October 11, 2023 at 12:58 pm #4797
I have a question regarding temperature gradient loads.
For example, consider a doble-fixed beam with a rectangular cross-section 0.20*0.60, and a “C25/30” concrete material. According to NextFEM database E = 31.476 GPa, alphaT = 0.00001.
The beam (see Attached NXF file) is subjected to two thermal loads:
– uniform gradient of 15ºC (load case “vut”)
– linear gradient in y-local direction of 10ºC (load case “vdt”)
The first load case generates an axial force of:
N = (10^-5)(15)(31.476*10^6)(0.20*0.60) = 566.568 kN.
NextFEM gives the same result (although compression).
Regarding the linear gradient, it generates the following moment:
Mz = (10^-5)(10/0.60)(31.476*10^6)(0.20*0.60^3/12) = 18.8856 kNm.
NextFEM gives Mz = -56.657 kNm, which is much different.
Any help will be greatly appreciated.
Thanks for the free basic version of the program.
(PS: Thermal loads in the model were assigned via GUI, because apparently there is no API method to add thermal loads via Python, which I would prefer. Do you consider implementing this method in the future?)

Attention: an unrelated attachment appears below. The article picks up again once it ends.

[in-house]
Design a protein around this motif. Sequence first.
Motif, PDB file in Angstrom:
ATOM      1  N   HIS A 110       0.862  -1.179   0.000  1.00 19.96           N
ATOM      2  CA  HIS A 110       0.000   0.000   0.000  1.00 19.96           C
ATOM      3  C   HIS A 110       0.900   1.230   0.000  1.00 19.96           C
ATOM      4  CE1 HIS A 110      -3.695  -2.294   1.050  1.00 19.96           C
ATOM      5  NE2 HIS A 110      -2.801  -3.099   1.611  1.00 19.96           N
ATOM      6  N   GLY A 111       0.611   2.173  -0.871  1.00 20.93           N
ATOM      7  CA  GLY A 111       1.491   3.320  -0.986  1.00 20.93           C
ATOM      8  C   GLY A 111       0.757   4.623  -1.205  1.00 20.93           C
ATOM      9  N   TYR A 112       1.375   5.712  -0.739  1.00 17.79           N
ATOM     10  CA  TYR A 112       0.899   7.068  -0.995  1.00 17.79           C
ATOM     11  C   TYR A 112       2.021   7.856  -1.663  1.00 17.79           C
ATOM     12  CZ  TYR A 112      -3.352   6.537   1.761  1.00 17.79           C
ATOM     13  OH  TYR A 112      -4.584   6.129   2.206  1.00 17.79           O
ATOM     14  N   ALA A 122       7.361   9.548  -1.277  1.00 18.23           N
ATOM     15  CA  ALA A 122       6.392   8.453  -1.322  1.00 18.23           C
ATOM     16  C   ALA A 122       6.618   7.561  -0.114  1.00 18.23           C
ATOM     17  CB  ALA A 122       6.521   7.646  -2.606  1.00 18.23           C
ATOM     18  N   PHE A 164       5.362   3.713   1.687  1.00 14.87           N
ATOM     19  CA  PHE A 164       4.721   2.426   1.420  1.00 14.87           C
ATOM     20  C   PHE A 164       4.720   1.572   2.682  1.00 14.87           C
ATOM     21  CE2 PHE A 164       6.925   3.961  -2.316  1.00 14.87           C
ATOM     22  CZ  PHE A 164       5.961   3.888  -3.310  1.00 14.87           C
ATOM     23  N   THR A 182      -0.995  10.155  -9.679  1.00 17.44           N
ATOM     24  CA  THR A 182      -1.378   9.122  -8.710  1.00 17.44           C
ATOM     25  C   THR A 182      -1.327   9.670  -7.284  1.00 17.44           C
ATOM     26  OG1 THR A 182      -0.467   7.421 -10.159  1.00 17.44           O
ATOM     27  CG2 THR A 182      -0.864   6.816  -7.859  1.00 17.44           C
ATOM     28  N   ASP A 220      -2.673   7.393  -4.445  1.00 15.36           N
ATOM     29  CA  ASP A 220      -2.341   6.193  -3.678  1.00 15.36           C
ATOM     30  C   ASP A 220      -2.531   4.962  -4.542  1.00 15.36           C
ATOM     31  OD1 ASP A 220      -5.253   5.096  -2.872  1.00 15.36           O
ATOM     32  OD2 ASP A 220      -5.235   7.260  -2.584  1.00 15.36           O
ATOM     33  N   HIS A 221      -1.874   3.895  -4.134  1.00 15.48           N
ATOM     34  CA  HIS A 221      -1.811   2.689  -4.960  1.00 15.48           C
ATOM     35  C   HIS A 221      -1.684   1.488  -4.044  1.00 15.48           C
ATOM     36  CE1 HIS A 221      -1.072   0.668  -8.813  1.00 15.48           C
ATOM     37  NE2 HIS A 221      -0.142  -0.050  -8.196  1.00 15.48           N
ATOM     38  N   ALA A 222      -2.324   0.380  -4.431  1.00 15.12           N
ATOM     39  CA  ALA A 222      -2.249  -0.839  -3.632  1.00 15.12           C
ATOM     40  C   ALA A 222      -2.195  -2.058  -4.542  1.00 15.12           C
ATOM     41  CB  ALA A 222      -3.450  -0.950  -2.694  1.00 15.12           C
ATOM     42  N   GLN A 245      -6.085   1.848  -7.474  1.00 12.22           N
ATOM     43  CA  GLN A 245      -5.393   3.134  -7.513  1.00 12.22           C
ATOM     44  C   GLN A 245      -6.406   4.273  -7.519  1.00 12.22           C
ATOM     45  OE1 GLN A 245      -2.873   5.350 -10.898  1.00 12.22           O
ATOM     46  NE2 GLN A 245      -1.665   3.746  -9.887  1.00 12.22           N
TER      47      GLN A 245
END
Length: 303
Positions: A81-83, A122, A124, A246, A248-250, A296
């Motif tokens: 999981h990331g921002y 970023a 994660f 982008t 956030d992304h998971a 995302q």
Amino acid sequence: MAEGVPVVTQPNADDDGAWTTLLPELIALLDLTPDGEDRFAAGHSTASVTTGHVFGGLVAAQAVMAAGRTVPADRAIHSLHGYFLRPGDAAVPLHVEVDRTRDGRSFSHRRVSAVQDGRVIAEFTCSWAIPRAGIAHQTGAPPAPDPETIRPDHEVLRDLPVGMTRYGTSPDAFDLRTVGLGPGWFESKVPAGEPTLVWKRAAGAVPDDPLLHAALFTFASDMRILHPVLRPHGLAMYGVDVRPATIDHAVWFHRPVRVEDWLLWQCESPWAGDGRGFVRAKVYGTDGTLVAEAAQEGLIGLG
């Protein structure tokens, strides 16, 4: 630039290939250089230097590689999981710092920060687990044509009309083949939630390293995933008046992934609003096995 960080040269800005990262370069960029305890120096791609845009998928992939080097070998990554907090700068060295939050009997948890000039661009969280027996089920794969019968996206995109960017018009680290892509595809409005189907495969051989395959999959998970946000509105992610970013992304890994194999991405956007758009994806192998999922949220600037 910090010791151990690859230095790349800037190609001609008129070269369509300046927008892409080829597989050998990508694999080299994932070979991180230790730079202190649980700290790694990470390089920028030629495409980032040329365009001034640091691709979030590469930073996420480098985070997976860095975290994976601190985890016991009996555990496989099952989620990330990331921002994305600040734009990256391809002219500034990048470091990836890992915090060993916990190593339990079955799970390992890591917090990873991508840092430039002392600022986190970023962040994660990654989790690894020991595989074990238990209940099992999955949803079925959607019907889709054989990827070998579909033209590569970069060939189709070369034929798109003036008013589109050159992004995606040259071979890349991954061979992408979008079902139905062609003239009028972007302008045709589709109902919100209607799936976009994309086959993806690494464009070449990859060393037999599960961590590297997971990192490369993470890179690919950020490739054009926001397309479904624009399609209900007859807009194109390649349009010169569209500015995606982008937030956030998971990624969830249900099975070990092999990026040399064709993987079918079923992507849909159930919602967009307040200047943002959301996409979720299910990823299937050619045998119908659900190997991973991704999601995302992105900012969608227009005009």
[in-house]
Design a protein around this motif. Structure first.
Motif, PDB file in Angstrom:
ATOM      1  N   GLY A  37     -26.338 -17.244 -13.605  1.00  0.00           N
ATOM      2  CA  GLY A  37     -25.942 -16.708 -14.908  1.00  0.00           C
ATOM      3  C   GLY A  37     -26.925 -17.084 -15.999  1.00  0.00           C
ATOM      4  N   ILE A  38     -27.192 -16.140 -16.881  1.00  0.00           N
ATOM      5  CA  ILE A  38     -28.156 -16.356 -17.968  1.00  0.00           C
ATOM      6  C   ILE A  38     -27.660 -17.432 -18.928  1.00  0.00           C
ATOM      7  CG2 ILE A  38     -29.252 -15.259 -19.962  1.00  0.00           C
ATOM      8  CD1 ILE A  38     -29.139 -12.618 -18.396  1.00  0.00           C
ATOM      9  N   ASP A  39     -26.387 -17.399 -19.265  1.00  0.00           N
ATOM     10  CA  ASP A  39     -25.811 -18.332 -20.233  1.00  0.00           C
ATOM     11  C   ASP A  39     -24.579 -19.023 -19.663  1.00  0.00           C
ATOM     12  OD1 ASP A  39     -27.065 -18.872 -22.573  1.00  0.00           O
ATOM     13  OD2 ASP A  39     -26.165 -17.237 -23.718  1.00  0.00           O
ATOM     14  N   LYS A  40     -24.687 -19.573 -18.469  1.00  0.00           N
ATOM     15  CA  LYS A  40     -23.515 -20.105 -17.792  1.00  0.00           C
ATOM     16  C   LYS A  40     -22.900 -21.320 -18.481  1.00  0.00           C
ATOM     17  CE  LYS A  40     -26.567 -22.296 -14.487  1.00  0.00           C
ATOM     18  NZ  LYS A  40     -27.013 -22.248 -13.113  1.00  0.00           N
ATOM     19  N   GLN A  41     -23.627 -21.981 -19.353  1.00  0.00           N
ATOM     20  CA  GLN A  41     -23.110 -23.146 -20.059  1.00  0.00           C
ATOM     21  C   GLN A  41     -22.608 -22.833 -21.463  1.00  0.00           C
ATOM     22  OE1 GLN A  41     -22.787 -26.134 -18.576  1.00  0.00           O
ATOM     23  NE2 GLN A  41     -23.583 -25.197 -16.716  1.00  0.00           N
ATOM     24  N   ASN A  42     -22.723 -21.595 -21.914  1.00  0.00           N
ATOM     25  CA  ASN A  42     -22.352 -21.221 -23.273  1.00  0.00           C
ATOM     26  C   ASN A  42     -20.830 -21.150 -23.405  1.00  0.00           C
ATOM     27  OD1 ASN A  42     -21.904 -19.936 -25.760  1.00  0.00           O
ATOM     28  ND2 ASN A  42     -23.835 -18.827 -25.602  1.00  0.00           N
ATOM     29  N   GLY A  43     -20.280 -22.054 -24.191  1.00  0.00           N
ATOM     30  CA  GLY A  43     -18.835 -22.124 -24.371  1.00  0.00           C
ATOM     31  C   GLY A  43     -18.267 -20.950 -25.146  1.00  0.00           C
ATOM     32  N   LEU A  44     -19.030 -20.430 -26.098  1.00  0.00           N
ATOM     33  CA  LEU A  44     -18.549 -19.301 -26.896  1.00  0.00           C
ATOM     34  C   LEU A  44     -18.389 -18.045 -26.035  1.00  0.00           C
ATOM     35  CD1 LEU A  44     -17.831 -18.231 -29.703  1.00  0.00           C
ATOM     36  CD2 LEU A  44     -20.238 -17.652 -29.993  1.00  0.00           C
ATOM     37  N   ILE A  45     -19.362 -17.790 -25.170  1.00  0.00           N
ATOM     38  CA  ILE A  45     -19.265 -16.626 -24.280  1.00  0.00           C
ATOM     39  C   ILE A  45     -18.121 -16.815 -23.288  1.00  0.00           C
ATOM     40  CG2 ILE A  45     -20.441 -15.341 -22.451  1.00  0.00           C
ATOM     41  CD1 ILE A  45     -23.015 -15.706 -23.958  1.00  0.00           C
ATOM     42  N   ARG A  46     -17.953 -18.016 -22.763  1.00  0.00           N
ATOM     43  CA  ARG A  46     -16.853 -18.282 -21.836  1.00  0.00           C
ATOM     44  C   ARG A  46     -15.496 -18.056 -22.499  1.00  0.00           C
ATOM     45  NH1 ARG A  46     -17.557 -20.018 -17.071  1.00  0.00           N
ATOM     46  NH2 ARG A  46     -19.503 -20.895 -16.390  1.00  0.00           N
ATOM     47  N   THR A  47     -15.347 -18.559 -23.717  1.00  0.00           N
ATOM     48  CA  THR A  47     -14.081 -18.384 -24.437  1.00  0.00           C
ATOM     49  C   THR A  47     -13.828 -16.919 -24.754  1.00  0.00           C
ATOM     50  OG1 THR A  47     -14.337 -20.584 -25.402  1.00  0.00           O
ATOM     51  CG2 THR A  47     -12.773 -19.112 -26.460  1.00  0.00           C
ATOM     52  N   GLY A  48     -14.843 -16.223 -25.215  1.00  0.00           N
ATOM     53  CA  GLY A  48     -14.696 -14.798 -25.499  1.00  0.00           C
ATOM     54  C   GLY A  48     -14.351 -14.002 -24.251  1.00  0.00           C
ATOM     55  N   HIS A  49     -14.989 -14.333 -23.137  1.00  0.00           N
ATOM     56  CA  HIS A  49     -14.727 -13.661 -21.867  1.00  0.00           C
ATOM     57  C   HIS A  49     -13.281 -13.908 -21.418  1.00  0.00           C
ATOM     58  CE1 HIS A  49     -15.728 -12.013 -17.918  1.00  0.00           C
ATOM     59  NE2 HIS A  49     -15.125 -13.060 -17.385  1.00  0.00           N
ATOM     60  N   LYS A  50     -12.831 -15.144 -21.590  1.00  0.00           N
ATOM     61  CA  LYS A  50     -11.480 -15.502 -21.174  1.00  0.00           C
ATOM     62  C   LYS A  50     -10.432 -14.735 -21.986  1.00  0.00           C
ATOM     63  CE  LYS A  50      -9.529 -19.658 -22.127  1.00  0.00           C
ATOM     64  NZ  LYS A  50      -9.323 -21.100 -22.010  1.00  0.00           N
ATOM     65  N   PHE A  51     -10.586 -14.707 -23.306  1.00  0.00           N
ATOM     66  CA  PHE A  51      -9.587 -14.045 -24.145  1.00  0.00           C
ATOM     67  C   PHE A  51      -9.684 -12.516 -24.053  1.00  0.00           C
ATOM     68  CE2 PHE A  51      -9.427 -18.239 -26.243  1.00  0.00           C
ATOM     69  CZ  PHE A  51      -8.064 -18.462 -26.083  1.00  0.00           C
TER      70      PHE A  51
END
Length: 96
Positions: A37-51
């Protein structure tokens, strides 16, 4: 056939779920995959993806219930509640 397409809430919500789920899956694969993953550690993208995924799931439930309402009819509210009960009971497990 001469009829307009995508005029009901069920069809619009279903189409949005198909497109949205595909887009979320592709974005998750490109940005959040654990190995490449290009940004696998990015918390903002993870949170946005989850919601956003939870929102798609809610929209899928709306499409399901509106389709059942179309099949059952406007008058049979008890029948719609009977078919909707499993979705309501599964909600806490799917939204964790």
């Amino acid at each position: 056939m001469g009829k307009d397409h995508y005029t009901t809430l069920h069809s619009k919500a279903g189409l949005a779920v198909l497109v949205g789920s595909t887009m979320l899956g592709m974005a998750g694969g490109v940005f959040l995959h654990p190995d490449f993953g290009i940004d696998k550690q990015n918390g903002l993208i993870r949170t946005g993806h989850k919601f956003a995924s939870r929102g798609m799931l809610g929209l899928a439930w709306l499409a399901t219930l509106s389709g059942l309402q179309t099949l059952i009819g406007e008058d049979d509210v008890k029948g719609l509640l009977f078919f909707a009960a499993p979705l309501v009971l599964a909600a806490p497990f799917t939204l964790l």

Attachments:You must be logged in to view attached files.October 11, 2023 at 2:57 pm #4799
In the case of uniform gradient the result given by NextFEM (compression) is obviously correct. The doubt is only about linear gradient.October 12, 2023 at 9:50 am #4800NextFEM AdminKeymaster
thanks for your inquiry, please wait the next minor patch for having this solved. We’ll also try to add an API method for adding temperature loads.
Regarding the sign of temperature gradient: starting from a user’s dT, the gradient is applied to the section as to have -dT/2 on the positive Y+ face of the section, and dT/2 on the negative Y- face of the section. We’re evaluating to invert this sign as to have positive temperature on Y+.October 16, 2023 at 4:30 pm #4805NextFEM AdminKeymaster
update is out, please see API https://www.nextfem.it/api/html/M_NextFEMapi_API_addThermalDistLoad.htm
Let us know, regardsOctober 16, 2023 at 9:46 pm #4807
Thank you very much for the update. I’ve just tested the method addThermalDistLoad() in several beams (doble-fixed, fixed-supported and continuous) and everything worked as expected, both uniform gradient and linear gradient. Congratulations!
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